Someday, Valve will eventually run out of wonderful features to pack into its mega-gaming-hub Steam. Let's hope it's a long way off, because we'll all be busy poring over the user-written manuals, walkthroughs, and tips for our various games in the newly launched Steam Guides section of Steam's Community area.
Anyone can create and submit a guide for the game of their choice by clicking the new Guide tab on a game's Community Hub page. You can pretty up your words with images and embedded YouTube videos as well, and the guides also appear upon Steam's overlay whenever you're running a program. Neat. I can finally whip up my "How to avoid tigers" guide I've been planning for Far Cry 3 quickly and easily.
Head over to the Steam Guides page to take a look at the over 1,000 guides already created.
Rock, Paper, Shotgun - firstname.lastname@example.org (Nathan Grayson)
I preemptively think I’m gonna be sick. Don’t get me wrong: there are few things in this world I want more than Oculus Rift virtual reality for my mad dash through Mirror’s Edge‘s theme park of parkour, but now that it’s probably going to happen, I realize that I should probably bid farewell to any lunches I’ve had in the past couple months. And who will I have to thank for my sudden bouts of violent nausea? Interestingly, it won’t be EA. Instead, a third-party toolset called Vireio Perception is primed to add Rift support to Mirror’s Edge and other older titles.
Take this, for example: this is not an expensive, professional action figure (though you'll soon be able to get one of those). It's something made by a human being—albeit a very talented one—and a 3D printer.
That human being is Psychobob, a user whose work we've featured here before. Actually, we've featured this Portal figure before as well, before it was finished, but now that it's done, complete with lighting effects and base, it's worth another look.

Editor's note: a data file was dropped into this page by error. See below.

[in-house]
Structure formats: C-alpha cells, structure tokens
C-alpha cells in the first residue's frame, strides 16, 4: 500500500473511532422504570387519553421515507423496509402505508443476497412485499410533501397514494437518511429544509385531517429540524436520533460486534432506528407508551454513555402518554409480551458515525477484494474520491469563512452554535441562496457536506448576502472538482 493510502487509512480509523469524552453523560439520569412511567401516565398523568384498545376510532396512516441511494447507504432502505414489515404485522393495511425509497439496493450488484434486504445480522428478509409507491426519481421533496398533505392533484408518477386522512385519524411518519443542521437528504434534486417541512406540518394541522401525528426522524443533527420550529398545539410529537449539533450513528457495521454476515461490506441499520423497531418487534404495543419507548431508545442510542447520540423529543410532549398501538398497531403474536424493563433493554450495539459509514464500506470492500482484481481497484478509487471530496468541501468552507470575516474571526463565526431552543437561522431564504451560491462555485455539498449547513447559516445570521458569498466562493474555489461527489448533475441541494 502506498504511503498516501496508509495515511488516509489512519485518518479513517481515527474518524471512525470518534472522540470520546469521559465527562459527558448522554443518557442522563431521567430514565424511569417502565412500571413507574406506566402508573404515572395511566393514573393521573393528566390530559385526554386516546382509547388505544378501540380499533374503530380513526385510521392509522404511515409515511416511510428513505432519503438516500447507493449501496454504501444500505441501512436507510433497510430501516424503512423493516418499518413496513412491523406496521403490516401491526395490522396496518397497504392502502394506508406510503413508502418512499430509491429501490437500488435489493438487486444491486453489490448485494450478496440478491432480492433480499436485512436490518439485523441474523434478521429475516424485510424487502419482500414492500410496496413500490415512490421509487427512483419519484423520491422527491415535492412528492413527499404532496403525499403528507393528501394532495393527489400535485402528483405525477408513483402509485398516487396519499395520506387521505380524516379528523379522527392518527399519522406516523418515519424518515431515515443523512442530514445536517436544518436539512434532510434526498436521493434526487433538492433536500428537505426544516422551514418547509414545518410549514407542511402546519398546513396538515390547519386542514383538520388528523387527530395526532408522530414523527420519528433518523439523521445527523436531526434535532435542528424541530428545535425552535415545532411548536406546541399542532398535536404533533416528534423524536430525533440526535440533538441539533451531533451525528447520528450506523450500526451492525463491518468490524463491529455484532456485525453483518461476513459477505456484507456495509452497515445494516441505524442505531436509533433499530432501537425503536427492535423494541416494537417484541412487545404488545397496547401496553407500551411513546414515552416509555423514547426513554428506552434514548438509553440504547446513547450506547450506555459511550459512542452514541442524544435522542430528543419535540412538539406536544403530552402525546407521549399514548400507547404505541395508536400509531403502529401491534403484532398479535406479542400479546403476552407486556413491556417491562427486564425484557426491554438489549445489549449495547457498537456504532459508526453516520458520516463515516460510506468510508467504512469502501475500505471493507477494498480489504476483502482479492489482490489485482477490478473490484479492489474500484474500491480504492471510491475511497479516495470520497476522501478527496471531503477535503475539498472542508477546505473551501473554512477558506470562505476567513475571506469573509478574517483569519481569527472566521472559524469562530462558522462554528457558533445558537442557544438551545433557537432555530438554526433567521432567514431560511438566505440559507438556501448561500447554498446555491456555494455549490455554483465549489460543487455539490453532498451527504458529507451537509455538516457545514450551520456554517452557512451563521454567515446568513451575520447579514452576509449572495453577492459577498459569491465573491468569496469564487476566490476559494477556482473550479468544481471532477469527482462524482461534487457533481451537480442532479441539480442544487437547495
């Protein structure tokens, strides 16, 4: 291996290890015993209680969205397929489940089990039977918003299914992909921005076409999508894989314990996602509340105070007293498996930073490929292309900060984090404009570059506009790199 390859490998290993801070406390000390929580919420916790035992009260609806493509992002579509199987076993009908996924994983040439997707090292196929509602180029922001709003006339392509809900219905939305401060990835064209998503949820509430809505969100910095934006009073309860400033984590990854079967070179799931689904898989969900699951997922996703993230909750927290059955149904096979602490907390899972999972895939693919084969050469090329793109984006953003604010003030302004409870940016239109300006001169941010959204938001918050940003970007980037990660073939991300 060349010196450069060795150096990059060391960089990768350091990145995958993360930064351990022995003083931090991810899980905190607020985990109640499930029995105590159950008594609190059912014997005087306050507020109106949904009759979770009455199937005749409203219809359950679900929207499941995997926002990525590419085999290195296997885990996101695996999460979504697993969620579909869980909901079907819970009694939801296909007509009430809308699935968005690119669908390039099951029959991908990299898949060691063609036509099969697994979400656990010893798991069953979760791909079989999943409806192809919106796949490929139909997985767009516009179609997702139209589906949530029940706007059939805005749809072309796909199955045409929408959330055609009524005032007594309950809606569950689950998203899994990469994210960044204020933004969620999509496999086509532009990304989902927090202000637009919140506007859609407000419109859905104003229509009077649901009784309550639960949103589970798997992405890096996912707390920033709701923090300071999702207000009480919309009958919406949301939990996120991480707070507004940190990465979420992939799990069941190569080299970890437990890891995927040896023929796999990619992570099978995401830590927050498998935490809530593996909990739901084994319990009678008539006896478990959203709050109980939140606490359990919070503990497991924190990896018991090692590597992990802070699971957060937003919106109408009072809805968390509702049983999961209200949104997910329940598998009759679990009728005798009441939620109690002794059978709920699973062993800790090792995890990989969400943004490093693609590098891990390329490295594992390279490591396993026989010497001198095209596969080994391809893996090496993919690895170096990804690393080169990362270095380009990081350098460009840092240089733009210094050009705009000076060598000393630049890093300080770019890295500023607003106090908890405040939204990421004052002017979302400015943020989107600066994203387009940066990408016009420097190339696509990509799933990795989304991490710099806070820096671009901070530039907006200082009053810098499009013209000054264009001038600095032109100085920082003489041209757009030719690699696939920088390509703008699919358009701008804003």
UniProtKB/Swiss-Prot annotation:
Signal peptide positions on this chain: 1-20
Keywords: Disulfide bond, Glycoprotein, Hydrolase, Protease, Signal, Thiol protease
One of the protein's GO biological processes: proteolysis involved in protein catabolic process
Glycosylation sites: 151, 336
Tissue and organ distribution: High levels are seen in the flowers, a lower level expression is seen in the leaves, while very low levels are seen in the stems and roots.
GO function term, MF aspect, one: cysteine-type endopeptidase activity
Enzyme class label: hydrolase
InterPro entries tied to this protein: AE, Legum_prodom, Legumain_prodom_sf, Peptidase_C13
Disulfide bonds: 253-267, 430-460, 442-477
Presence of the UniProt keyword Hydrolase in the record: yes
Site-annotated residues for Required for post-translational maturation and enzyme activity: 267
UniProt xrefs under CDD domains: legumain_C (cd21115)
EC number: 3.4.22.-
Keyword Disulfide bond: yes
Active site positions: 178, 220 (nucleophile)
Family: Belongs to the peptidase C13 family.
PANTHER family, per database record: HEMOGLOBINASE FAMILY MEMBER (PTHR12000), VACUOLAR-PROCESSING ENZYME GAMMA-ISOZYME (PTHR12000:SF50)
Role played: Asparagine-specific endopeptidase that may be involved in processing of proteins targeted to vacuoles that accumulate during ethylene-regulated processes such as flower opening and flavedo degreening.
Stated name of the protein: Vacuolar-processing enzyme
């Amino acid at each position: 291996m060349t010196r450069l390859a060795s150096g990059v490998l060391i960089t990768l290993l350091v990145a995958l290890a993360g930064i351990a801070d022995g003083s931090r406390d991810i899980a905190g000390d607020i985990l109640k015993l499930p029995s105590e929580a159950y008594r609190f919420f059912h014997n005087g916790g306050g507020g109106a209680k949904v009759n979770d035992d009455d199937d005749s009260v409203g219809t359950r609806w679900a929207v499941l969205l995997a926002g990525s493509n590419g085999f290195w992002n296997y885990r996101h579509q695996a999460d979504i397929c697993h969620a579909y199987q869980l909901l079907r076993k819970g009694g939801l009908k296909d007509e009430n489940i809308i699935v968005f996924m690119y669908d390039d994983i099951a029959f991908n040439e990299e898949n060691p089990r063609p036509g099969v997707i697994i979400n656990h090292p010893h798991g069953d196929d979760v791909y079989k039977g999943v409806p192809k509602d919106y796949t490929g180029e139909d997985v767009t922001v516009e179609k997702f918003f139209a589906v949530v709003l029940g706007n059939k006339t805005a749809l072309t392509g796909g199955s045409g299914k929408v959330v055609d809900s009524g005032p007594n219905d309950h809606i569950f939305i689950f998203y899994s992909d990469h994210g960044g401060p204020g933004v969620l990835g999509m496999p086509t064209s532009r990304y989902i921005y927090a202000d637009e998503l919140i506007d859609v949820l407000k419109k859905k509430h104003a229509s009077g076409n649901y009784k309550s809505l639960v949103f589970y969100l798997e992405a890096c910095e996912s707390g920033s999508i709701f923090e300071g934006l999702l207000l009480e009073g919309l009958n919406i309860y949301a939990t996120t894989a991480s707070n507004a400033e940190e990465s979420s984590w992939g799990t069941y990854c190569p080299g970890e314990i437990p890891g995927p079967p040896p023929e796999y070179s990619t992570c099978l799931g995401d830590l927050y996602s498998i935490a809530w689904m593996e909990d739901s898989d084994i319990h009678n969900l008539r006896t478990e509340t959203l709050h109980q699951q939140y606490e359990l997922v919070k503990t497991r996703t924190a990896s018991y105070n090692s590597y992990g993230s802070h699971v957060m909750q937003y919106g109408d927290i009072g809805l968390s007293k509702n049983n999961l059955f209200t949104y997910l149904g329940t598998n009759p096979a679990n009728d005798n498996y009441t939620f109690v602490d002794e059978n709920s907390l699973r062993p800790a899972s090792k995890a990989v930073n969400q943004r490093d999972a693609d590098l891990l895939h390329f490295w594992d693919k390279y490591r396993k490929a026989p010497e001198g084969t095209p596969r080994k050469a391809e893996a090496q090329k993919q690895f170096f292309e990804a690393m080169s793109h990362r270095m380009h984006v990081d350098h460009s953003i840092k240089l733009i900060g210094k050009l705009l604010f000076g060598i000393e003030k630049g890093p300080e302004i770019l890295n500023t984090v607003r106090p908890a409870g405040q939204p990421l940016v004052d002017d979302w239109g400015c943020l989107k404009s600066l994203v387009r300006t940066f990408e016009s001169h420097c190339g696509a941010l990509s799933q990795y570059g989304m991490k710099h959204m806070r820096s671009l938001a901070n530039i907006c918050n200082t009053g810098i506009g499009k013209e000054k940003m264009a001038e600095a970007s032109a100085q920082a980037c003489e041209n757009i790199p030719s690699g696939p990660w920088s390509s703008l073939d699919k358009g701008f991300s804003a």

Jan 10, 2013
Contrary to popular belief, the anticipated Oculus Rift virtual reality headset doesn't run on pixie dust and elf tears. Like all hardware, it needs software drivers. And while its 20-year-old creator, Palmer Luckey, focuses on manufacturing more developer kits to meet the exceedingly high demand, enthusiastic 3D fans are already planning homebrewed custom drivers. One such project is CyberReality's Vireio Perception which extends Rift 3D support to first-person greats such as Portal 2, Skyrim, Mirror's Edge, and Left 4 Dead.
As CyberReality describes it, Vireio (or Virtual Reality Input Output, but we like how the shorthand name sounds like an enemy boss) can "pre-warp the image to match the Oculus Rift optics, handle custom aspect-ratios (needed for the Rift's strange 8:10 screen), and utilize full 3D head-tracking." As we describe it: Whoa.
The drivers work with nine games so far: Left 4 Dead, Half-Life 2, Portal 2, Skyrim, Mirror's Edge, AaAaAA!!!, Unreal Tournament 3, Dear Esther, and DiRT 2. CyberReality plans to add additional games in the future after spending more time with the kit. If all goes well, the possibilities are enormous: Think of revisiting classics such as Thief or Deus Ex with full head-tracking vision. Oh, yes, this is exciting.